Do You Know Where YOUR EXIF Is?

Computer-based photography is the perfect breeding ground for buzz words and acronyms. Even DEET can’t protect you from RIPs, FTPs, PDFs, and DVDs loaded with TIFFs. Escape those pests and you run smack into Brave New Words trying to chew their way into the dictionary: how long before workflow makes the page next to work force?

I have come to detest “Actuations” (see also Clicks). This is the number of times the camera’s shutter has fired, and it wasn’t an important number to most photographers prior to digital bodies. Then, you appraised a camera by its age, appearance, and whether it worked smoothly or not.

Now, as photographers continually upgrade to ever-newer models, these shutter cycles have become Important Information. It’s often difficult to determine how a body’s been treated from the outside (blame the polycarbonates), but numbers are absolute. A camera with 10,000 shots on its counter becomes preferable to another with 15,000, and actuations sails virtually unnoticed into our vocabulary.

NOTE: For those who shoot with a Canon 1Ds (see also Antiques) and use the Mac OS X platform, you can find out the number of shots on your body with a program called Simple EXIF Viewer. I dropped a couple of JPEGs into this small application and discovered a wealth of information, including an accurate count of those damn actuations. Be sure to read the notes on the Web page, as the program may not work for all cameras.

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A Photo from The FSA – OWI

Working for the Farm Security Administration – Office of War Information, Marion Post Wolcott photographed a crossroads store, bar, “juke joint”, and gas station in the cotton plantation area near Melrose, Louisiana, in 1940. FSA – OWI photographers worked predominantly with black and white film, but about 1600 color images survive to complement the justly-famous silver halide archives. This image is fsac 1a34361v.

At the time, Kodachrome slide film was an exciting new product, less than five years old.

Happy 70th, Kodachrome

When I began shooting slides in 1972 there was only one film I considered: Kodachrome. Since its introduction in 1936 in 35mm cassettes it had gained the favor of pros and amateurs around the globe. Sure, there was Ektachrome, which you could process yourself, and Agfachrome, and those green boxes were appearing in ever greater numbers, but Kodachromes possessed a saturated look unlike anything else that came across a lightbox or spun through a projector.

And then, in a relatively short time, Kodachrome was abandoned; not by Kodak, but by photographers who now preferred the E6 emulsions for their quicker processing turnarounds and fine details. The hare finally caught up to the turtle, and simply passed it by.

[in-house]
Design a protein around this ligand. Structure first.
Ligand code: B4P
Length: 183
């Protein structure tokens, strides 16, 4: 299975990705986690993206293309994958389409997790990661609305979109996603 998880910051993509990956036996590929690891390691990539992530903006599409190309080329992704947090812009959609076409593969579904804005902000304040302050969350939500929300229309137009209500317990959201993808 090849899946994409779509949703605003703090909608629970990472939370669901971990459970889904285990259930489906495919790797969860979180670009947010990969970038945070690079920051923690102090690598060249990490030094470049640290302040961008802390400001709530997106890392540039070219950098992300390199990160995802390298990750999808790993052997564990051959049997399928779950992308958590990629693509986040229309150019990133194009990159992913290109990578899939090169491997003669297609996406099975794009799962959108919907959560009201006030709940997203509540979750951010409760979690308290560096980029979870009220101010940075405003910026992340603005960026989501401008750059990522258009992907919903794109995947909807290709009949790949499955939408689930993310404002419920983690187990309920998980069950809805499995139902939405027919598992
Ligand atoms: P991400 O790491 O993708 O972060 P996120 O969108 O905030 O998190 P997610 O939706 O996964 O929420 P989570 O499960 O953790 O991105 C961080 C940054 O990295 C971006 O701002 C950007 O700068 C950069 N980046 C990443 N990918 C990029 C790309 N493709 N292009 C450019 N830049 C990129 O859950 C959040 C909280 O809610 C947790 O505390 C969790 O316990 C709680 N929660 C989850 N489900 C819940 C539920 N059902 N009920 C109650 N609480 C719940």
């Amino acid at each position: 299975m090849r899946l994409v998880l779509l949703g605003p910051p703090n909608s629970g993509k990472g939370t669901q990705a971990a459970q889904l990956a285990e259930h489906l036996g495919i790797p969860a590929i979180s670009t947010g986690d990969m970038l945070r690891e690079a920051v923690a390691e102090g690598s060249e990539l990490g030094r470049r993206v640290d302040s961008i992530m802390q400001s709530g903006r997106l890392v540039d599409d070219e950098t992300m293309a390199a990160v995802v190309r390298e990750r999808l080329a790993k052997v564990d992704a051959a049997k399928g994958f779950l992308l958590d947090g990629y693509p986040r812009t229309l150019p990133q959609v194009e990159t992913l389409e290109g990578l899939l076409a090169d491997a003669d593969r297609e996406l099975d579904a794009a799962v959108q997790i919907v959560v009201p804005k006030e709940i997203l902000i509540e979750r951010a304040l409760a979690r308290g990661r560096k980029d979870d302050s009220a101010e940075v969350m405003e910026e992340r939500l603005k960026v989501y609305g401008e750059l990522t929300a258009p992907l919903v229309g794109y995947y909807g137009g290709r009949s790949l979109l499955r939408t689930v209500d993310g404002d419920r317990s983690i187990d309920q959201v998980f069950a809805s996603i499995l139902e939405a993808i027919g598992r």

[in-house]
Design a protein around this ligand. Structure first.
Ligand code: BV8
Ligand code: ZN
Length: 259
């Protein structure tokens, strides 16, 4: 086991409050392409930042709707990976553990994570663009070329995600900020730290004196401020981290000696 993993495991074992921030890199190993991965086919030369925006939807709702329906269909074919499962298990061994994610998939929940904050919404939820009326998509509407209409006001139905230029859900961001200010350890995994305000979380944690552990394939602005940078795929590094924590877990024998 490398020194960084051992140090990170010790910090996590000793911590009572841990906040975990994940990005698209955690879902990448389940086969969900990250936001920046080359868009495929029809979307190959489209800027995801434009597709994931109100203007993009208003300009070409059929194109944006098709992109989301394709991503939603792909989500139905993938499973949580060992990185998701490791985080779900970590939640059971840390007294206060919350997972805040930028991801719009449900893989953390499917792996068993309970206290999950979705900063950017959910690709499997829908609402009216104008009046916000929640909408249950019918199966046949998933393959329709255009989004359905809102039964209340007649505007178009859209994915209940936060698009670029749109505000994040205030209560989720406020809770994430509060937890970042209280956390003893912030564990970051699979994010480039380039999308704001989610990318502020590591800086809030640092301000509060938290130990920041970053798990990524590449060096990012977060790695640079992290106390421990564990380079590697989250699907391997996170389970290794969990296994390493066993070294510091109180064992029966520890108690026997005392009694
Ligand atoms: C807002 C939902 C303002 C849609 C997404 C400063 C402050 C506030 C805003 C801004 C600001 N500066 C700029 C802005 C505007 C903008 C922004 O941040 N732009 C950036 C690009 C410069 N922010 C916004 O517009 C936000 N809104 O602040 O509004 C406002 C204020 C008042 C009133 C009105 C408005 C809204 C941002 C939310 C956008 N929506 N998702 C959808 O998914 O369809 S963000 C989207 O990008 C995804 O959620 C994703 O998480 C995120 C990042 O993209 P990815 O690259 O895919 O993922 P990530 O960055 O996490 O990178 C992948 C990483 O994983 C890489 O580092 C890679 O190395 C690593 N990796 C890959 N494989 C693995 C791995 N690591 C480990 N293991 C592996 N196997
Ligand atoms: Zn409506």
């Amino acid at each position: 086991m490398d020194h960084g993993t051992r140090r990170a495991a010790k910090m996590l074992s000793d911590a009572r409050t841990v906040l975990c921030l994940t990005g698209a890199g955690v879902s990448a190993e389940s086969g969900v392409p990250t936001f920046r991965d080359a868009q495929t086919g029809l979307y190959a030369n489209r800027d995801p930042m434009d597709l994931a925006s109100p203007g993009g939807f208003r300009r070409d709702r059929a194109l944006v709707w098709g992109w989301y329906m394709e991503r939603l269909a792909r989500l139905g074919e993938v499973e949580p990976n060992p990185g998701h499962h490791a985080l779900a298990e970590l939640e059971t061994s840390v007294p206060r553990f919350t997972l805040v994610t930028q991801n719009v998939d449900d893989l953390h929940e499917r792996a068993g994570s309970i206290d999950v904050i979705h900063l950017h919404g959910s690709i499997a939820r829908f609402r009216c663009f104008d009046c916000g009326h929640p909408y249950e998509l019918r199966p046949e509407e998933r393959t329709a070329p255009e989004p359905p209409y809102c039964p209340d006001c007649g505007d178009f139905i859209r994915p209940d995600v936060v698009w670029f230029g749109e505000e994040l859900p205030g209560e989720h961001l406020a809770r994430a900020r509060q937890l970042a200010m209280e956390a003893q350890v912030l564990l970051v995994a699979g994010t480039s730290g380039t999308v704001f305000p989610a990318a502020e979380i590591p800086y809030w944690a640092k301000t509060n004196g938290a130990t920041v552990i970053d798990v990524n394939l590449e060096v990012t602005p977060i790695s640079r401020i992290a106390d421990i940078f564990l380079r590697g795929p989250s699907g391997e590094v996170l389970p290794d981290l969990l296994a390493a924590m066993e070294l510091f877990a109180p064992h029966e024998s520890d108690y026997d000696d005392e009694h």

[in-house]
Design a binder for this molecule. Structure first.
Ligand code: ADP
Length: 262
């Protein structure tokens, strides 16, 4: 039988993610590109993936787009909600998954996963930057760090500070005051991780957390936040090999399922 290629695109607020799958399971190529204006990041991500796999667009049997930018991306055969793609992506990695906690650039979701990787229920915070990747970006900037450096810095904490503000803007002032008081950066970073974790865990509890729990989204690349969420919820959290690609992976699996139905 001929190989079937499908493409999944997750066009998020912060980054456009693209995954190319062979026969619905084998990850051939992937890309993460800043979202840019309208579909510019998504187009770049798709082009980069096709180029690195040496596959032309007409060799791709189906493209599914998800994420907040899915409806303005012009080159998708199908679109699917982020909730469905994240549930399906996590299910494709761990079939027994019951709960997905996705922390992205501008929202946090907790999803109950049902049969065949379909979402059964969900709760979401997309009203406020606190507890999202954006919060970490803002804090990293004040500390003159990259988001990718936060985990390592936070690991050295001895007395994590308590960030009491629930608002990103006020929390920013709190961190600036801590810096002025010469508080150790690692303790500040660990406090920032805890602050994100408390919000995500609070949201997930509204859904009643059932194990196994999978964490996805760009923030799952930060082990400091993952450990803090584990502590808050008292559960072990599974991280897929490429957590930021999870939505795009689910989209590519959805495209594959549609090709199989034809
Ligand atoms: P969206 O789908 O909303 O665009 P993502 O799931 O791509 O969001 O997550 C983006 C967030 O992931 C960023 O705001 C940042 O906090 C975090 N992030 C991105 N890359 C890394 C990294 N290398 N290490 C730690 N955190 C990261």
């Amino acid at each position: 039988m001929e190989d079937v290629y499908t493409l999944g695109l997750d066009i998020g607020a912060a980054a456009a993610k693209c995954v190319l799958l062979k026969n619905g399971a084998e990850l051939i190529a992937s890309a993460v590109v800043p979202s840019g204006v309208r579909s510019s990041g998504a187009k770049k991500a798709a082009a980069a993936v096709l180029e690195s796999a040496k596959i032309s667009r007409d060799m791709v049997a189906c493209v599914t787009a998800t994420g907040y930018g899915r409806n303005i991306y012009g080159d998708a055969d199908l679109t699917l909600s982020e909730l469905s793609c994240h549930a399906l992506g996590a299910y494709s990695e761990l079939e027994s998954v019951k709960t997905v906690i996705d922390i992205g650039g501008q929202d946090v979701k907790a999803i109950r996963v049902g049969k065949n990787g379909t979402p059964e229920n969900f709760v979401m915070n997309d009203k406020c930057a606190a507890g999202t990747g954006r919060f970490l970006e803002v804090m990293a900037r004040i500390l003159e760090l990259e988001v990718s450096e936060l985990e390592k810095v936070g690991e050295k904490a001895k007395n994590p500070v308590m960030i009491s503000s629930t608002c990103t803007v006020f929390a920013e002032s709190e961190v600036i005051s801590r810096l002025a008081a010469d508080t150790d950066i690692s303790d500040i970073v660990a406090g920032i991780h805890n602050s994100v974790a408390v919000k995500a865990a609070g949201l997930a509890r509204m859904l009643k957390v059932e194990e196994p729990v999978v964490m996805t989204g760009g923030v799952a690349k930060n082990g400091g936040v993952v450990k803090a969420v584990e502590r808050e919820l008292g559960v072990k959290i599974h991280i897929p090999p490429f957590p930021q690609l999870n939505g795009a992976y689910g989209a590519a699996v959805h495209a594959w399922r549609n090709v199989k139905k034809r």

If you have a roll in the freezer that you’ve been saving, there is now only one lab in the United States that can process it. That’s right: one. Dwayne’s Photo, in the SE corner of Kansas, continues to offer the K14 process.

Seventy years is an amazingly long lifetime for a little yellow-and-red box. So, light up those candles, take a deep breath, and thanks for making so many of our wishes come true.

Film Memories

Chemical-based (film) photography is disappearing, headed off to join other recent technologies as cassette recorders and tapes that served us well but were in turn improved upon. For purists who cherish the snick of a Leica M3 shutter or the chunk of trays turning on an Ektagraphic slide projector, improved is a fairly dirty word, but computer-based (digital) photography is ascendant. Ask a photographer whether she shoots digitally and you’ll probably get a quizzical look: “Film? Oh, yeah, I used that.” I never met anyone who willingly admitted they voted for Nixon, either.

As we trade film for pixels, and darkrooms for calibrated monitors, it would be easy to discard hard-won experiences as we race to extoll a new way of working. But that is no way to treat an old friend in decline.

Here are a few aspects of film photography I’ll miss:

1. The tactile feel of loading film into the camera. Yes, a difficult operation under duress, but preferable to fumbling a tiny CF card into a slot.

2. The simplicity of the process. No software required.

3. The glow from a lightbox covered with transparencies.

4. Empty film cans. They were invented to put Other Stuff in, right?

5. The sociability of slide shows. People understood how hard you worked to get everything set up. While they waited patiently, they talked to each other.